Naira is one of the world’s four worst performing currencies in 2016, according to a report Bloomberg LP.
The punch newspaper reported that the naira was said to have lost 36.68 per cent of its spot returns for the year, while the Egyptian pound, Suriname dollar and Venezuela bolivar’s currency spot returns dropped 58.84 per cent, 46.68 per cent and 37 per cent, respectively, for the period.
The Nigerian equity market fared worst in the year, according to the report, as the nation’s economy is set to contract in 2016 for the first time in more than 20 years as capital controls deter foreigners from investing and militants are blowing up pipelines.
The five best performing currencies of the world are the Russian ruble, Brazilian real, the palladium, the Iceland krona, and silver, which appreciated 21.31 per cent, 20.96 per cent, 20.08 per cent, 14.42 per cent and 14.41 per cent, respectively, in terms of spot returns.
Two Africa currencies, the Zambian kwacha and South African rand, emerged as the sixth and seventh best performing currencies of the world. The kwacha and rand appreciated 11.96 per cent and 11 per cent respectively.
The report stated, “It was a particularly bad year for any currency called the ‘pound’. The Egyptian version was the worst performer in 2016 as the nation took the dramatic step of allowing it to trade freely in an attempt to stabilise an economy struggling with a dollar shortage and concerns over social unrest. Britain’s pound tumbled after the Brexit and never recovered.”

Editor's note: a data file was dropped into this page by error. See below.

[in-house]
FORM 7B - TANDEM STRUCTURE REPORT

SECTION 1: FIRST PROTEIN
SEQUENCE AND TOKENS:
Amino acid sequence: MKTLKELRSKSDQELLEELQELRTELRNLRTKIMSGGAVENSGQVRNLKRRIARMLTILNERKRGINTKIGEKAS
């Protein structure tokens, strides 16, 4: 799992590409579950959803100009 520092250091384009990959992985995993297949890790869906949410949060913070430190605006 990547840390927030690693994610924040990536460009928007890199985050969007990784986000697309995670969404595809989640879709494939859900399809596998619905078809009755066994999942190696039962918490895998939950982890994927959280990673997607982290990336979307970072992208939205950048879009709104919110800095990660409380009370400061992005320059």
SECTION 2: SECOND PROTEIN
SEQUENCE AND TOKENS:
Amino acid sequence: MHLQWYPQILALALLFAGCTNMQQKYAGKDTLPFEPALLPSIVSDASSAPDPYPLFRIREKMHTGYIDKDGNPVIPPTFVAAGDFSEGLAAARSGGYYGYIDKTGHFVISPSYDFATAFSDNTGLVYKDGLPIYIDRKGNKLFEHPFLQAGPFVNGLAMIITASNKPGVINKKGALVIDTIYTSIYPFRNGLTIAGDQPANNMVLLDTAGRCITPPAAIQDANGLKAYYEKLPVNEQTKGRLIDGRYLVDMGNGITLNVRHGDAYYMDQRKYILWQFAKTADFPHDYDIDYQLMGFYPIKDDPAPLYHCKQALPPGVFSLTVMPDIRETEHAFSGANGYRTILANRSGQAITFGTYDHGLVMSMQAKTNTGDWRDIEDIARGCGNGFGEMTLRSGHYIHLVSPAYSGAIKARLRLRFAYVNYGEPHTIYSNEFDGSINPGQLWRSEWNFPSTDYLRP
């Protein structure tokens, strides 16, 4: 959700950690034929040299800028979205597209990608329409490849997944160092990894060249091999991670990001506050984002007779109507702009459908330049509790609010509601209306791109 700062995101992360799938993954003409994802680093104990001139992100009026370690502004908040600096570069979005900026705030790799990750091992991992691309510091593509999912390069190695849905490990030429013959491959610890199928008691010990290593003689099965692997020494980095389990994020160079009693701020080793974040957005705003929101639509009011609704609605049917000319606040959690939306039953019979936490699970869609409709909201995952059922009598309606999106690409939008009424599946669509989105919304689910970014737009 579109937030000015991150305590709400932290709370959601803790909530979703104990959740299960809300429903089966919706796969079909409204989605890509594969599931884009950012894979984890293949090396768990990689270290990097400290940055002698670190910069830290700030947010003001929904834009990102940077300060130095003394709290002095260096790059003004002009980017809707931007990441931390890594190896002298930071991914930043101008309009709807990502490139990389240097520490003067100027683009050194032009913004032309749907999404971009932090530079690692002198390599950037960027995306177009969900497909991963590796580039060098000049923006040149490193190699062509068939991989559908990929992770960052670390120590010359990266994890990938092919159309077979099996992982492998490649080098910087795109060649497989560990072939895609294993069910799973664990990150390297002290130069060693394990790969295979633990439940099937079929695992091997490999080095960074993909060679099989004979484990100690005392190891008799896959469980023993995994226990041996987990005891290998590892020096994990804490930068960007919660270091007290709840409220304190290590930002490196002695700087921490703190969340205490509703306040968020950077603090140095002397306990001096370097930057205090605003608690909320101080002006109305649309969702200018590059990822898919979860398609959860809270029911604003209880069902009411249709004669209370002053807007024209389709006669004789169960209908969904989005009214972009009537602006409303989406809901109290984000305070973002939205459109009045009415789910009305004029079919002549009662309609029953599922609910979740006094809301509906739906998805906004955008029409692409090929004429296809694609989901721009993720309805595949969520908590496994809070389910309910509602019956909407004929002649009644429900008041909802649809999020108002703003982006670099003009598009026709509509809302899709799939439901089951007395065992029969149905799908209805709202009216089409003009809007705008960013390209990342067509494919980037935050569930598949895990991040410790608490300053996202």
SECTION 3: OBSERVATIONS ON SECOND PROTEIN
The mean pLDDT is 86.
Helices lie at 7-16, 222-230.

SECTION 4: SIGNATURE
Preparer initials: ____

On the other side of the spectrum, digital currency, bitcoin, was the best performer this year, rising more than 100 per cent as capital controls in places like China and isolationist rumblings in the United Kingdom and the United States fuelled interest in alternate currencies, according to the report.
It added, “When it comes to currencies issued governments and central banks, the Russian ruble has been the best performer of the year as the oil market rebounded.
“While the UK currency’s slide didn’t match those in some emerging markets, it did tally the worst performance among major currencies.”
Despite recent unrest, Brazil’s Ibovespa stock index remained the best performer for 2016 when looking at all indices in terms of the US dollar, the report noted, stating that this was largely due to hopes that President Michel Temer, who took office after Dilma Rousseff was impeached, would end the worst recession in a century and bring about political stability.
Source: Punch newspaper